It was parenthood which finally knocked some sense into me. My husband Jimmy and I had twin boys, followed by a daughter, and by the time they were teenagers it had dawned on me that my neglected body needed a little care.

But what to do? In my younger years I’d had a raft of gym membership cards stashed in my purse, unused and triggering waves of remorse. Team sports filled me with horror.

“What about running?” my friend Tania suggested. “I’ll do it with you if you like.” We started jogging together along a disused railway track near Biggar, where Jimmy and I had settled into family life. It was quiet, away from traffic and, crucially, other people who might point and laugh.

Our distances improved, and within a few months we were running 10ks. I had discovered something amazing: that I didn’t completely hate running. It required no planning. I could just pull on my trainers and go. I was feeling leaner, less stressed and more energetic.

Our children left home and Jimmy and I moved to Glasgow, craving city life again. By now, he had started running, too. Annoyingly, he took to it far more seriously than I had; no measly 10k races for him. Within months he had run the Loch Ness Marathon.

It was maddening. Like me, he had been fond of the pub in his youth. Now he had a cluster of clanking medals and seemed to be forever swigging a sports drink or reading up on trainer technology. Unwilling to be left out, I started to train for the 2018 Edinburgh Marathon. Jimmy offered to train with me, and would enliven our almost daily runs by telling me I was going too fast, too slow, not moving my arms correctly or slapping my feet down too hard.

It was like being given a driving lesson by a partner, and we all know how that tends to end up.

Gradually, as the marathon loomed, I got over myself and was grateful for my husband’s encouragement and, OK then, superior knowledge.

So here I am – on race day. I can hardly believe what I am about to take on. For the first ten miles or so I jog along, reasonably calm and positive. The crowds help. Whenever my energy dips, a random stranger cheers me on or holds out a bowl of Jelly Babies.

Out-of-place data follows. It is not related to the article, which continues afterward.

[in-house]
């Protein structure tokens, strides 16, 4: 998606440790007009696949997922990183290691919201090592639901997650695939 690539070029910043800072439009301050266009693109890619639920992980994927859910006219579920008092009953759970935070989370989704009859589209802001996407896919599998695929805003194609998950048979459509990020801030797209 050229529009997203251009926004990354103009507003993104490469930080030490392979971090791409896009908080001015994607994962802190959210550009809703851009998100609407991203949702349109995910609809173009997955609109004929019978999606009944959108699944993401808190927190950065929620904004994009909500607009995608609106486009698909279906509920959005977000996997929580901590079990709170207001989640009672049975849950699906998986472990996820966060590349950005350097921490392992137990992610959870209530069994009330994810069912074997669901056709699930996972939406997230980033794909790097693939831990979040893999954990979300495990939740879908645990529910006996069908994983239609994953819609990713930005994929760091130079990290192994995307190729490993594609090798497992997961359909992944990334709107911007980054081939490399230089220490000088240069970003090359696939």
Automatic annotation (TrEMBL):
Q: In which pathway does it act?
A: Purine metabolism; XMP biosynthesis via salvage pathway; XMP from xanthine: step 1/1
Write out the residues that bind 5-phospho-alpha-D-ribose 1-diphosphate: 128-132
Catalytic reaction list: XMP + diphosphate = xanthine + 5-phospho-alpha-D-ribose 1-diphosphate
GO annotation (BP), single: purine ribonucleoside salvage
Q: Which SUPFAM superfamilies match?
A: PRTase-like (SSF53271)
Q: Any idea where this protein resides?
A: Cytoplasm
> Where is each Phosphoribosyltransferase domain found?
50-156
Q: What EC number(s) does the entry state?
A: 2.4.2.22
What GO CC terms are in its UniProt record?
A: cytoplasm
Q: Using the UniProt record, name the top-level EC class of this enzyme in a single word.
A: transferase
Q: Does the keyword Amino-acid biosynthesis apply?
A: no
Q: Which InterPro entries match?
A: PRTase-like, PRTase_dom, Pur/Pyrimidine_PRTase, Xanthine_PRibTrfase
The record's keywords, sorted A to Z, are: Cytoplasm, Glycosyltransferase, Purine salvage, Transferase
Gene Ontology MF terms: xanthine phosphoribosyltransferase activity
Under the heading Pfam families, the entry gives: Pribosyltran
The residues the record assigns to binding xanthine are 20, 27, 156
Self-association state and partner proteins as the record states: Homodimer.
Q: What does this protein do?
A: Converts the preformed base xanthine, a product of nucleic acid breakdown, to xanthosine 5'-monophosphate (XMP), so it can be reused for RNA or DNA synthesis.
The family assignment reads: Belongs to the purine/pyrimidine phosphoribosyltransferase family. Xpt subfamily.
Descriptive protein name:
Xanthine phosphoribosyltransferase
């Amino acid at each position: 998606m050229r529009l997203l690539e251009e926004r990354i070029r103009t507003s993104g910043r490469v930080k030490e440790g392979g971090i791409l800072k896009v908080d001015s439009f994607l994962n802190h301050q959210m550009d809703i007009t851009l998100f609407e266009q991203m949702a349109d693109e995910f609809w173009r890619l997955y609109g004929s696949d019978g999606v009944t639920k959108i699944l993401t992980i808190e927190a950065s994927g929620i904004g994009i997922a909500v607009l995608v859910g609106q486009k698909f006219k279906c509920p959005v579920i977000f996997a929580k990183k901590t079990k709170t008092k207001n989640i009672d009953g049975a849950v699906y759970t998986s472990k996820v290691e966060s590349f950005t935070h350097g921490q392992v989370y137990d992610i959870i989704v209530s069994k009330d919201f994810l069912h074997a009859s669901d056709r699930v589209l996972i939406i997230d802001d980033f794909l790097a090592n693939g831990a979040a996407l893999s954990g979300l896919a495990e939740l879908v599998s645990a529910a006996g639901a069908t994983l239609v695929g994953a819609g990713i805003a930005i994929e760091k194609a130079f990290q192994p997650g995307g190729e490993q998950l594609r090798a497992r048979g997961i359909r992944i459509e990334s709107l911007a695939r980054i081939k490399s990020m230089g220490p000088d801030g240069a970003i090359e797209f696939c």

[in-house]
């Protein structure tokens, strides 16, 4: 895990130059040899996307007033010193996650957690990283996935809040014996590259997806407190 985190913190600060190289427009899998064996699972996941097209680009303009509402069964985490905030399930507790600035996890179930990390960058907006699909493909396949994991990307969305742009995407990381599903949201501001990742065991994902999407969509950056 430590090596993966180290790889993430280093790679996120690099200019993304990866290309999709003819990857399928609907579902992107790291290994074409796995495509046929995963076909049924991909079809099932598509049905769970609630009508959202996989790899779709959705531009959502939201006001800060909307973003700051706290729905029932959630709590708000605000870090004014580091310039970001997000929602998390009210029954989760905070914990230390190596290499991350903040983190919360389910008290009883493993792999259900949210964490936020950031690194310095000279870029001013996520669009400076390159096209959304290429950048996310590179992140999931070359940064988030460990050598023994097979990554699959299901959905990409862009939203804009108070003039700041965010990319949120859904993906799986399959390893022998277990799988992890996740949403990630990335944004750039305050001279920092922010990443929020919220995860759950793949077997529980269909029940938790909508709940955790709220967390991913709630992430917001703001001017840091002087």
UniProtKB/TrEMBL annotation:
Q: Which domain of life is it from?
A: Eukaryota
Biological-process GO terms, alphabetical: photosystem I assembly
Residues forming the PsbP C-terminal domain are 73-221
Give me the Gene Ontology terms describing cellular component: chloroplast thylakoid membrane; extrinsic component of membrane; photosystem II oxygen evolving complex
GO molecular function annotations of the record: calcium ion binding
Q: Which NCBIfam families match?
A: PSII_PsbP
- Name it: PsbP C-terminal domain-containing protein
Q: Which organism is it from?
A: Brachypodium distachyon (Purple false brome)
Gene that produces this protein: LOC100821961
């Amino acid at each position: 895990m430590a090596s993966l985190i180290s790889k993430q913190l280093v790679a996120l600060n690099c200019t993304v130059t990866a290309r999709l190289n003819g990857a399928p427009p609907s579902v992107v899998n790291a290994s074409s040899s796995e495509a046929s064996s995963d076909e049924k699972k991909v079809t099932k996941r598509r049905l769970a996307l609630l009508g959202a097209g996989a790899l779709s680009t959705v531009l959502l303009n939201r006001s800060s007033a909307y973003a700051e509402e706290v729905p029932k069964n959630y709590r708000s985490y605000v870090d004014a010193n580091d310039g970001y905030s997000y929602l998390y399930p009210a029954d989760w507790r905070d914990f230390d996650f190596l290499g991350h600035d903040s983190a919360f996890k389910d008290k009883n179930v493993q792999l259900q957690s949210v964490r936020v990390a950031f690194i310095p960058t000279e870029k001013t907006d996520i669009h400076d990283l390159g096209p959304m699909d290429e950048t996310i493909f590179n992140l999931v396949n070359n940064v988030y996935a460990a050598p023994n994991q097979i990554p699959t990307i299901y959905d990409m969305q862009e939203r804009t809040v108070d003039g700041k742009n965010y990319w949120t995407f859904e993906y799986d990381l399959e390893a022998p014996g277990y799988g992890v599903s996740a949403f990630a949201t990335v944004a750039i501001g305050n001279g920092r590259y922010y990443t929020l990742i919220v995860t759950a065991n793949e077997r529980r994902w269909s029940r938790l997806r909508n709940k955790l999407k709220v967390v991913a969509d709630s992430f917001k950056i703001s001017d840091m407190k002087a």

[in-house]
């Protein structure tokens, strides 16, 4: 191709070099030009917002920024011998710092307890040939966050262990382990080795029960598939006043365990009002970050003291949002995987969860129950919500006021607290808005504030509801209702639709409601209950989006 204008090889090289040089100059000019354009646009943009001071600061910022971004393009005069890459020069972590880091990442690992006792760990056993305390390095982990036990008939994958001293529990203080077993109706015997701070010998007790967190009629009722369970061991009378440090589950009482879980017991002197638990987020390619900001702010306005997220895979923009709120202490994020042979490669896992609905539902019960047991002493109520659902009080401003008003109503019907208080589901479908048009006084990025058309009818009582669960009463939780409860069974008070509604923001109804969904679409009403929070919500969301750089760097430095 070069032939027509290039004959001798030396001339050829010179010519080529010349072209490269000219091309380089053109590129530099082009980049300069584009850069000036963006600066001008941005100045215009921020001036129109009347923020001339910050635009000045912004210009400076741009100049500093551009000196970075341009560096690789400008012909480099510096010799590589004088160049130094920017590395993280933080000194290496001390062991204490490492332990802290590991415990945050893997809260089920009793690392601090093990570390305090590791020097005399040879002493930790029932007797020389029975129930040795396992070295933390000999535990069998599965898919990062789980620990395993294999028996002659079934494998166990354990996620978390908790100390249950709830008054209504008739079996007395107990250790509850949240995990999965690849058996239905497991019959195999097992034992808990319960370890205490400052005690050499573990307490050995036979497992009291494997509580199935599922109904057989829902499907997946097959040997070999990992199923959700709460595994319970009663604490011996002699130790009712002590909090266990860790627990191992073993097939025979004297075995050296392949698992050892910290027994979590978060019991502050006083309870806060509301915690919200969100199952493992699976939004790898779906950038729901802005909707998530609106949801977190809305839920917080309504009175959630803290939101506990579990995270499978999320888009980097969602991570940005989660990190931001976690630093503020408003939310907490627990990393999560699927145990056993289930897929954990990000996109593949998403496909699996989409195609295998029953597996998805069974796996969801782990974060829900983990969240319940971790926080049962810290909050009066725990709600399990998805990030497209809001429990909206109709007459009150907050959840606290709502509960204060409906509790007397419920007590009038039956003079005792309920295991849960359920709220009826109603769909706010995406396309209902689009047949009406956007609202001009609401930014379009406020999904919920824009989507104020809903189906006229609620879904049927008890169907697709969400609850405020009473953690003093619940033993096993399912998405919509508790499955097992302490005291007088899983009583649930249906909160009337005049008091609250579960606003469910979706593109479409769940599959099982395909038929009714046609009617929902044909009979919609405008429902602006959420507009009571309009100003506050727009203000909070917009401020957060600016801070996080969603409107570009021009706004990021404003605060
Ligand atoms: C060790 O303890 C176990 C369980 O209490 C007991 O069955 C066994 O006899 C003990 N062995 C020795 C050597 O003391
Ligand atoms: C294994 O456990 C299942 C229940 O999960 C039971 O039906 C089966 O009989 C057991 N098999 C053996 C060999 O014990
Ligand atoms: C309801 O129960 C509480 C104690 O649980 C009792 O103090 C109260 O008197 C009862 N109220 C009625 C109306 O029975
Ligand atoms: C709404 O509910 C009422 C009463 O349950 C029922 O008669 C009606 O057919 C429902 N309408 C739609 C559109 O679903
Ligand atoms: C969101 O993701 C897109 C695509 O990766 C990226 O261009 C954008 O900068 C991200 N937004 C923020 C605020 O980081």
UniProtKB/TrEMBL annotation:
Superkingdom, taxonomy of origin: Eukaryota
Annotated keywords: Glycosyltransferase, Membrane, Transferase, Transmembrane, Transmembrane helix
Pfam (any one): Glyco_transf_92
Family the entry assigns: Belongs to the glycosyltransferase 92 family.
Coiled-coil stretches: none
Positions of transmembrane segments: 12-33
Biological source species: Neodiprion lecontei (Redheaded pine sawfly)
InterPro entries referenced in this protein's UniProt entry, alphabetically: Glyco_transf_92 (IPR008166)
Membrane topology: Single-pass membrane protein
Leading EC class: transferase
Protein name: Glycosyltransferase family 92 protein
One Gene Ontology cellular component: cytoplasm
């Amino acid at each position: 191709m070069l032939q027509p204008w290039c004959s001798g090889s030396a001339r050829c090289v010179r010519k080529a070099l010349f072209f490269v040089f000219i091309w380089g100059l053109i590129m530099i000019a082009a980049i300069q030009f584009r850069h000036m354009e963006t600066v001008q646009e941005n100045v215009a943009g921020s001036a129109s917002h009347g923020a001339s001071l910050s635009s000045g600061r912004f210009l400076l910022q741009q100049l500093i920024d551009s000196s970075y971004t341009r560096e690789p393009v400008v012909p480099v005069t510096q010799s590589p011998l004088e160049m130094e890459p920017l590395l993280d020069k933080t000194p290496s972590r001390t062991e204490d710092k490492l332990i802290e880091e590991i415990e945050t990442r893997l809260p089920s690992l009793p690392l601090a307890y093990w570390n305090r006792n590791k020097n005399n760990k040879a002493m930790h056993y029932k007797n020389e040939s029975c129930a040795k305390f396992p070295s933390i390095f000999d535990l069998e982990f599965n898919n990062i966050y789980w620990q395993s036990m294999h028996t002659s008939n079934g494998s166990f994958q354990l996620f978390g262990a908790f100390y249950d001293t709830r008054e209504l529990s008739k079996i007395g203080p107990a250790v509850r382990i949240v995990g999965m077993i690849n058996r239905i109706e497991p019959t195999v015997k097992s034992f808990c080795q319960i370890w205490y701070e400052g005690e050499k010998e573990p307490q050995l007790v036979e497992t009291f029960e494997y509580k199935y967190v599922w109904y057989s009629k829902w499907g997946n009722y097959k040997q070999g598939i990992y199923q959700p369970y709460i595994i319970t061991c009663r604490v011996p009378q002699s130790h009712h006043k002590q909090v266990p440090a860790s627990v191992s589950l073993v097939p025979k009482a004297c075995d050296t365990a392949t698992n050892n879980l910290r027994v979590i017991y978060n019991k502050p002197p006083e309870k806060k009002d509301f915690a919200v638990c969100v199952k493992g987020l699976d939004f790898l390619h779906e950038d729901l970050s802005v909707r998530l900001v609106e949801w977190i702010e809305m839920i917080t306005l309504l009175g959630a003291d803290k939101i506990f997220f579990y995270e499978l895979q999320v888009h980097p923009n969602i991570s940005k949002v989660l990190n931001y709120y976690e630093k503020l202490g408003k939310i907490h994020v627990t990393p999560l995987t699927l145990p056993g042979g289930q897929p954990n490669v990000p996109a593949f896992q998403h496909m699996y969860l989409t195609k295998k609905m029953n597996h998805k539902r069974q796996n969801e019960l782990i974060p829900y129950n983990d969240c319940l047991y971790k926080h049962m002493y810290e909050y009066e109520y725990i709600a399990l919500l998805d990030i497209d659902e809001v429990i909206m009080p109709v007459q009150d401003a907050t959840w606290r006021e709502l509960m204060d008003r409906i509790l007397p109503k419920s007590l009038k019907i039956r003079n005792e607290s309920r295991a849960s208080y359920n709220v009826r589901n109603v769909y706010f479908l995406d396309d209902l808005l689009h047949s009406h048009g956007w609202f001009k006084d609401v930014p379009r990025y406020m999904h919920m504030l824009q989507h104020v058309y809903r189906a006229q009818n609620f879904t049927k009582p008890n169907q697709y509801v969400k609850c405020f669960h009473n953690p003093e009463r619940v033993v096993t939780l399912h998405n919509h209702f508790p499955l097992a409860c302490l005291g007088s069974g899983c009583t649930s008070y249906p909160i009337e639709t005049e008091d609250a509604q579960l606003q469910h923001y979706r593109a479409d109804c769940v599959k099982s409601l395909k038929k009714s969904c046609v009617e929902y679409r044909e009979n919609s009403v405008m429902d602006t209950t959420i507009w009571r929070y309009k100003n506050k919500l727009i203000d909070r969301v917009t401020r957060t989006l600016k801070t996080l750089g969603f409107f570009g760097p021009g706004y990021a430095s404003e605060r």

As we pass the 13-mile mark I feel terribly proud of myself. If only I’d taken up exercise as a younger woman I could have been Paula blinking Radcliffe!

Things become tougher, naturally, as the miles rack up. By mile 18 I am feeling desperately tired. I plough onwards, assuming it has started to rain – but no, those are tears falling out of my eyes. A choked sob bursts out. How much longer to go? I estimate an hour, which doesn’t seem like much when you’re sitting watching TV – but now feels interminable.

Somewhere towards the end, my spirits start to rise again. There’s a palpable sense of relief and joy all around me as I “dig deep”. And that’s what I do, remembering all the tips I’ve been given: just keep going, mile after mile, one foot after another.

By now, one thought is looping in my head: “You have run a marathon.” Yes, you, you lardy-bottomed slacker!’ I am filled with a pure, unadulterated elation.

The finishing line is in sight, and I’m properly crying now – sobbing as a medal is draped around my neck.

I’ve done it. It’s been brilliant but so, so tough – and I vow I’ll never put myself through such unnecessary torture again.

That is, until I managed to grab a place in next Sunday’s London Marathon. And I can’t wait.

Fiona’s new novel, The Mum Who Got Her Life Back, is published by Avon